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The learning of concepts | Neuro-patch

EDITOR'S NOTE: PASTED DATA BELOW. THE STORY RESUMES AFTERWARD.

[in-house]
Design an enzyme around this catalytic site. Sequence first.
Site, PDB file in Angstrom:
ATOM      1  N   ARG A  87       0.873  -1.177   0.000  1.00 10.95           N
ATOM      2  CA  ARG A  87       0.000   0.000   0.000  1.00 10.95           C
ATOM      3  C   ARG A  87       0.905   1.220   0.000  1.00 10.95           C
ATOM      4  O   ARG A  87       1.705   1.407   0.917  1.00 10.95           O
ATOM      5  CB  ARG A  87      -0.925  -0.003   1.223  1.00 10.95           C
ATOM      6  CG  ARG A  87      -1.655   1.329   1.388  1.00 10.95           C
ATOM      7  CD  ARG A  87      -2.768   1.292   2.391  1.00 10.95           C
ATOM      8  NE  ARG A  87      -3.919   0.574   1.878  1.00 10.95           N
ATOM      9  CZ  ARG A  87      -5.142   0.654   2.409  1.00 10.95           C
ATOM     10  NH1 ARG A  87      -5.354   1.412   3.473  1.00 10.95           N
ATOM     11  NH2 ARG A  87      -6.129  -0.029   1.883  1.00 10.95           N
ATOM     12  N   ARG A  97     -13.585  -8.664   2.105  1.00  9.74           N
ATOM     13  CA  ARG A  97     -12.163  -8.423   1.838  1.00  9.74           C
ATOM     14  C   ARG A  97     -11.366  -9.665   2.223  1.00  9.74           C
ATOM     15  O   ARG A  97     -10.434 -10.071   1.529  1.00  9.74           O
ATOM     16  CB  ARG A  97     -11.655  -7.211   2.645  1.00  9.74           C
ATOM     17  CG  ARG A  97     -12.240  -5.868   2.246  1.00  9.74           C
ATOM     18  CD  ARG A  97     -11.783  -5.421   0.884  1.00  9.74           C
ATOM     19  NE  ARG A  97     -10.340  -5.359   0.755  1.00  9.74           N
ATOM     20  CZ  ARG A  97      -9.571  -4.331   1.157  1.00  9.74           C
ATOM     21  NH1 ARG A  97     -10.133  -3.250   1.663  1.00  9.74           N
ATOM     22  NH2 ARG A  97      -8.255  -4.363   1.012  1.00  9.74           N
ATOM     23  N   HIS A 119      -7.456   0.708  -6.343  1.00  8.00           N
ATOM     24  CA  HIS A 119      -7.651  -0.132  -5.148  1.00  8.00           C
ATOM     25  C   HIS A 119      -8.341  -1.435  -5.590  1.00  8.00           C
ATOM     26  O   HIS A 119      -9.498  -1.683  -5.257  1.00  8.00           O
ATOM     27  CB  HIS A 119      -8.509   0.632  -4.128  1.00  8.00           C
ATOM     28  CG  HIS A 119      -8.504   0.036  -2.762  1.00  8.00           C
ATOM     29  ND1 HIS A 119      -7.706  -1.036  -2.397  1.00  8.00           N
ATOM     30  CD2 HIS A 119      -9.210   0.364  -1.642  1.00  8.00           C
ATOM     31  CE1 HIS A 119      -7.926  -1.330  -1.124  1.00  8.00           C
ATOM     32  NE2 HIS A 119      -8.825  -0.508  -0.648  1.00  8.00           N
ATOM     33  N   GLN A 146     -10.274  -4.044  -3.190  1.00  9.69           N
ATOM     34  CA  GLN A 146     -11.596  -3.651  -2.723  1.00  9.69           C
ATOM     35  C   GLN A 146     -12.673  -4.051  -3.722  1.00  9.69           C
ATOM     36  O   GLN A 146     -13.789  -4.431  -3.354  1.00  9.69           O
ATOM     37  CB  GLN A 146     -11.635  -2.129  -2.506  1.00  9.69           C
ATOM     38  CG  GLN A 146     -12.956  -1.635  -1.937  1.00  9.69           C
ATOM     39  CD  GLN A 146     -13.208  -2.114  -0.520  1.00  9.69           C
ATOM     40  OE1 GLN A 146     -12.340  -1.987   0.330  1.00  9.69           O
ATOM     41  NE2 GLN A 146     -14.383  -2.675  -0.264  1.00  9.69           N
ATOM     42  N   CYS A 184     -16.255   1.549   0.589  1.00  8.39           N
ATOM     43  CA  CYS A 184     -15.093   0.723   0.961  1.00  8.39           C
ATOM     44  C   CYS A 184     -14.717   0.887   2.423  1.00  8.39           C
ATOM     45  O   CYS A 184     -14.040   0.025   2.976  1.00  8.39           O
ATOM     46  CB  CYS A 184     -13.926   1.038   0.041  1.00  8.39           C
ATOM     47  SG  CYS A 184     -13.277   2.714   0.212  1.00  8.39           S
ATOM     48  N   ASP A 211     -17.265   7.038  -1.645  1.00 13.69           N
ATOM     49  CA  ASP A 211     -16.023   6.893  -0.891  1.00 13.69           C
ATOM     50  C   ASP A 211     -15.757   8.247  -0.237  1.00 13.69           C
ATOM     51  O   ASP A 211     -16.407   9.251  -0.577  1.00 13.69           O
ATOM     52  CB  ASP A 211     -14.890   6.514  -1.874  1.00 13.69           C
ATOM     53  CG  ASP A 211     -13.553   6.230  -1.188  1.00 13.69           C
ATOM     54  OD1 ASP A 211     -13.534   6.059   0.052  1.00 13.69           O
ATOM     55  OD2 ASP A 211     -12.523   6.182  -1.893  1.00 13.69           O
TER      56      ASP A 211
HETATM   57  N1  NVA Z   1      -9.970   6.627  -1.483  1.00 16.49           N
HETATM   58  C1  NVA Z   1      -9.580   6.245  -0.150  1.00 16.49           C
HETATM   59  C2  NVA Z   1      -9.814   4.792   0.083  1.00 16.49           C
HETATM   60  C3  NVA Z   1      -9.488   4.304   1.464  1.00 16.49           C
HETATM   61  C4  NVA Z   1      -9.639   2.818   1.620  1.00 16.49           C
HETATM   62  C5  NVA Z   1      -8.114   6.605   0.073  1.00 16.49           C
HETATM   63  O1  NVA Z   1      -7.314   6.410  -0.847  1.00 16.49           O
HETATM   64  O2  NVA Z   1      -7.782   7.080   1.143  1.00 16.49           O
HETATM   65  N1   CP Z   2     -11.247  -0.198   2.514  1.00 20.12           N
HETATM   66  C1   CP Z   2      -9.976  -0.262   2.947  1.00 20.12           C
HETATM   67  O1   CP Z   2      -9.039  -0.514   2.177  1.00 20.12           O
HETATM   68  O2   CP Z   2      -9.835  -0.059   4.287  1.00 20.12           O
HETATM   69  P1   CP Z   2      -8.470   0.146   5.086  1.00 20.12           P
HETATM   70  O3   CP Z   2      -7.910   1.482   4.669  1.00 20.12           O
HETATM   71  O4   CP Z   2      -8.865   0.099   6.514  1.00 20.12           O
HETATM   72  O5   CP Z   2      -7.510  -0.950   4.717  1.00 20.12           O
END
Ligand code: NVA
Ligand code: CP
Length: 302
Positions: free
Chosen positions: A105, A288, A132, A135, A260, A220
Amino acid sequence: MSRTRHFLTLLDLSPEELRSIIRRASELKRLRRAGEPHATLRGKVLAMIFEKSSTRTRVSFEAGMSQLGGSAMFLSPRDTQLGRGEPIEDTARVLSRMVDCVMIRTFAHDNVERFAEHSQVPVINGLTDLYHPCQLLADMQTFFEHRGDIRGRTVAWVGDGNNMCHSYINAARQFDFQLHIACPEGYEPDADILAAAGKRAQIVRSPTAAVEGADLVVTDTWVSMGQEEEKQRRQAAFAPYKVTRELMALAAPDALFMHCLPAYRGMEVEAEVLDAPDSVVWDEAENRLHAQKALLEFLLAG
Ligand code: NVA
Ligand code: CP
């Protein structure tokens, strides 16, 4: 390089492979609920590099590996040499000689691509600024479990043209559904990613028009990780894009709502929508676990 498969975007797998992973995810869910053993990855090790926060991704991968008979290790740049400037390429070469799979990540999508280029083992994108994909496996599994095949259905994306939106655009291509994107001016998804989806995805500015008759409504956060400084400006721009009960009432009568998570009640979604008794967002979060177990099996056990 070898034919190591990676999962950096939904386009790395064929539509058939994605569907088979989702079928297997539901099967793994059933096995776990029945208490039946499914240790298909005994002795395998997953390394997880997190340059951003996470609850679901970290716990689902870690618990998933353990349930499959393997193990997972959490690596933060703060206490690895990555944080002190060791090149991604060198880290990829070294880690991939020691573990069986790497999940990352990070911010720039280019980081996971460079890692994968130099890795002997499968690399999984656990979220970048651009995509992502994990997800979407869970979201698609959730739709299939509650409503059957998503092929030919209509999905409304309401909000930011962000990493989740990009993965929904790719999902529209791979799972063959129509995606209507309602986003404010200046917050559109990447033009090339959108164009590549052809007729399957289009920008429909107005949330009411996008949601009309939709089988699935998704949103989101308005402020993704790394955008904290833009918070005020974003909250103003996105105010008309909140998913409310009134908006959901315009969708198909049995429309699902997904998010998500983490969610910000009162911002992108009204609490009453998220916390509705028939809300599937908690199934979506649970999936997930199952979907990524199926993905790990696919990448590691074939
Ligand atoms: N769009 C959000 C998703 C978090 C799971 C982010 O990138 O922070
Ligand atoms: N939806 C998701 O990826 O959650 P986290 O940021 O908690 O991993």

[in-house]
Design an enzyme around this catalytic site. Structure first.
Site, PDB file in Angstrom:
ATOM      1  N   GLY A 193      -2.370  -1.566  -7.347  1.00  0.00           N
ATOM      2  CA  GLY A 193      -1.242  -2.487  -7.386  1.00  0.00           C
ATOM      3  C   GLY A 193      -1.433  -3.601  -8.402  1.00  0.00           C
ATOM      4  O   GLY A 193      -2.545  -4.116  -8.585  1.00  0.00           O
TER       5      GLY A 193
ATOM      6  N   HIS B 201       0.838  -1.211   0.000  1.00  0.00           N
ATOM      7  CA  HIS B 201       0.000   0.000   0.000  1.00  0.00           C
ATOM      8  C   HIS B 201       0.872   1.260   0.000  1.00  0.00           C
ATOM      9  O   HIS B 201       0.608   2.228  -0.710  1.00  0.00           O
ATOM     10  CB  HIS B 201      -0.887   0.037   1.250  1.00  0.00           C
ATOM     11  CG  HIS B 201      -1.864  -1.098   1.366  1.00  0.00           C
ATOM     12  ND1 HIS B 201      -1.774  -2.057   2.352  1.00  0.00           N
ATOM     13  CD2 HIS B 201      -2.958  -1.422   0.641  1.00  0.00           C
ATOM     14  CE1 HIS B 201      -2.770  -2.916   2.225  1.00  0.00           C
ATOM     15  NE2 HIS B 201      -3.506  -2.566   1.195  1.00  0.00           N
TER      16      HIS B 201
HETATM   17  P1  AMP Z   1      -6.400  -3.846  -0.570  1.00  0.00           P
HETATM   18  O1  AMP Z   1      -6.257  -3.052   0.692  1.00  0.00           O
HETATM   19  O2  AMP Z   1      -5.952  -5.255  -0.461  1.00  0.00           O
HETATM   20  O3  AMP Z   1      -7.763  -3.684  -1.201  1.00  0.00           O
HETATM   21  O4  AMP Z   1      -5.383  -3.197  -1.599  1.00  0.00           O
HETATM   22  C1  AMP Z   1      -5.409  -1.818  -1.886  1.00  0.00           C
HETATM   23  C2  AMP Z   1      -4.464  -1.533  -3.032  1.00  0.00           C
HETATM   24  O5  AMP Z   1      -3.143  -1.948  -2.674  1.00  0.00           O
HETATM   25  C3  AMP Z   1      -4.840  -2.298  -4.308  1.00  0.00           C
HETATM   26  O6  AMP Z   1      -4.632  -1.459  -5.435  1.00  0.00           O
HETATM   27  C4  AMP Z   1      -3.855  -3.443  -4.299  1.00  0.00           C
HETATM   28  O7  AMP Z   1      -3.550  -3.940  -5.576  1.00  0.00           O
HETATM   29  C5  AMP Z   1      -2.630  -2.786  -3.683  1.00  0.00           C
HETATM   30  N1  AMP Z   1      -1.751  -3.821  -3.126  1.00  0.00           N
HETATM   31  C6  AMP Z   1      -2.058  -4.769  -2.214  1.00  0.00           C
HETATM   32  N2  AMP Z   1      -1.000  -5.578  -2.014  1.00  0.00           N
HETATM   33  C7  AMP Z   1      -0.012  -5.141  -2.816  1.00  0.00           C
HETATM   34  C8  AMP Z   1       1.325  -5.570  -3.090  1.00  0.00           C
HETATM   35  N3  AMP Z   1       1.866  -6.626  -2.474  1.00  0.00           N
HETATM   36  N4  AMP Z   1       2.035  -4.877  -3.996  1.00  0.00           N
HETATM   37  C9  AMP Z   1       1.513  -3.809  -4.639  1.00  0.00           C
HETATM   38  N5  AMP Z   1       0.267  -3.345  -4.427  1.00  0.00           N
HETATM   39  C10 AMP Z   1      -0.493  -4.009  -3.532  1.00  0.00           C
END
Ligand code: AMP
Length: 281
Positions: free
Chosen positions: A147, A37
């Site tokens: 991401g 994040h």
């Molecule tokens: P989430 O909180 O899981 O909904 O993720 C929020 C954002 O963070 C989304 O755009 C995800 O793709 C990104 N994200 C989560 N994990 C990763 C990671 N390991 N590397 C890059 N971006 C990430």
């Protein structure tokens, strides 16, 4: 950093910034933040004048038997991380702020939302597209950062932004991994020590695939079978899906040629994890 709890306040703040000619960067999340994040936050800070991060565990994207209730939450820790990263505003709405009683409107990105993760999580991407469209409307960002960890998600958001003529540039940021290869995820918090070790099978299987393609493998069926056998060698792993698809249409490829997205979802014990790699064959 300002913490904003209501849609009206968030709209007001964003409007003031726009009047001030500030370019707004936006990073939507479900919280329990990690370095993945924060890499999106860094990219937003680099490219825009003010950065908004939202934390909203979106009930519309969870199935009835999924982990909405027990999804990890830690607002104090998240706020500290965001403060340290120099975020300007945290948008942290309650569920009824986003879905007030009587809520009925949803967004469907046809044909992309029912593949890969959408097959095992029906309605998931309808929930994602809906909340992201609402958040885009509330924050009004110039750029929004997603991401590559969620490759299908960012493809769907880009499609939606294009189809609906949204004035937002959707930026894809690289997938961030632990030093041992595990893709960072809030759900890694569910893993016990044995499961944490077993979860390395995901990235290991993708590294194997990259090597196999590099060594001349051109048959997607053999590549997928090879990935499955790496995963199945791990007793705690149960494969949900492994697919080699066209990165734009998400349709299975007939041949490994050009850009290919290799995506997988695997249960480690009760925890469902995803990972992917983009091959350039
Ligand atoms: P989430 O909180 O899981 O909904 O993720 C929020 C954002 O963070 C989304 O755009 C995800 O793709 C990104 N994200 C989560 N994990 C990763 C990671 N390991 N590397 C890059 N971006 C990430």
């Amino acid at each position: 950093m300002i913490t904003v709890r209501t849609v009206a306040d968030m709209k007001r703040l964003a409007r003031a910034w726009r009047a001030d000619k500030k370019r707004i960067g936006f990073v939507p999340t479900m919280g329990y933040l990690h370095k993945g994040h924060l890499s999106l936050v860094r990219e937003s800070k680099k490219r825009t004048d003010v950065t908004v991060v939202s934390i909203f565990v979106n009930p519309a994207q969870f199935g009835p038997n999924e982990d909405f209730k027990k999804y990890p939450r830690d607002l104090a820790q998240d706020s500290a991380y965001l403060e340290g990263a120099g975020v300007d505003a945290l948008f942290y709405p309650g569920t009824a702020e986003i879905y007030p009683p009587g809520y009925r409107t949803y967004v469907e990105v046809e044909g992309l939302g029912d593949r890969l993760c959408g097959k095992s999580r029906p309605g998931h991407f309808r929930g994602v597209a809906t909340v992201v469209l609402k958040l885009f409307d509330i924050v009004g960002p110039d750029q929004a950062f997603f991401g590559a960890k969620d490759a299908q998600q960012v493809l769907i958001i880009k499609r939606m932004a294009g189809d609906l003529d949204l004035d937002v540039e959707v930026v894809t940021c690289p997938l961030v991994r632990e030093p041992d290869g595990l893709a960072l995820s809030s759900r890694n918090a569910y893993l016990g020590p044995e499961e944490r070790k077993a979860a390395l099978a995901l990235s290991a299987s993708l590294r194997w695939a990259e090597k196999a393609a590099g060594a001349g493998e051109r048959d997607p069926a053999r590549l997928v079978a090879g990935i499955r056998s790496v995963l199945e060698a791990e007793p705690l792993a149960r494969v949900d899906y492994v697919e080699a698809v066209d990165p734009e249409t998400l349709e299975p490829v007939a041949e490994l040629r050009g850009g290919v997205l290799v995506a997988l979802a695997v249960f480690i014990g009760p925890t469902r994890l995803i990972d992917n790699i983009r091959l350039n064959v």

I once tried to learn a simple form of a Bantu language and failed (not surprising as I always fail to learn a new language). One of the problems with this particular attempt was classes of nouns. There were 10 or so classes, each with their own rules. Actually it works like the gender of nouns in most European languages, but it is much more complex and unlike gender it is less arbitrary. The nouns are grouped in somewhat descriptive groups like animals, people, places, tools etc. Besides the Bantu languages there are a number of other groups that have extensive noun classes, twenty or more. Years ago I found the noun classes inexplicable. Why did they exist? But there has been a number of hints that it is a quite natural way for concepts to be stored in the brain – faces stored here, tools stored there, places stored somewhere else. A recent paper (Andrew James Bauer, Marcel Adam Just. Monitoring the growth of the neural representations of new animal concepts. Human Brain Mapping,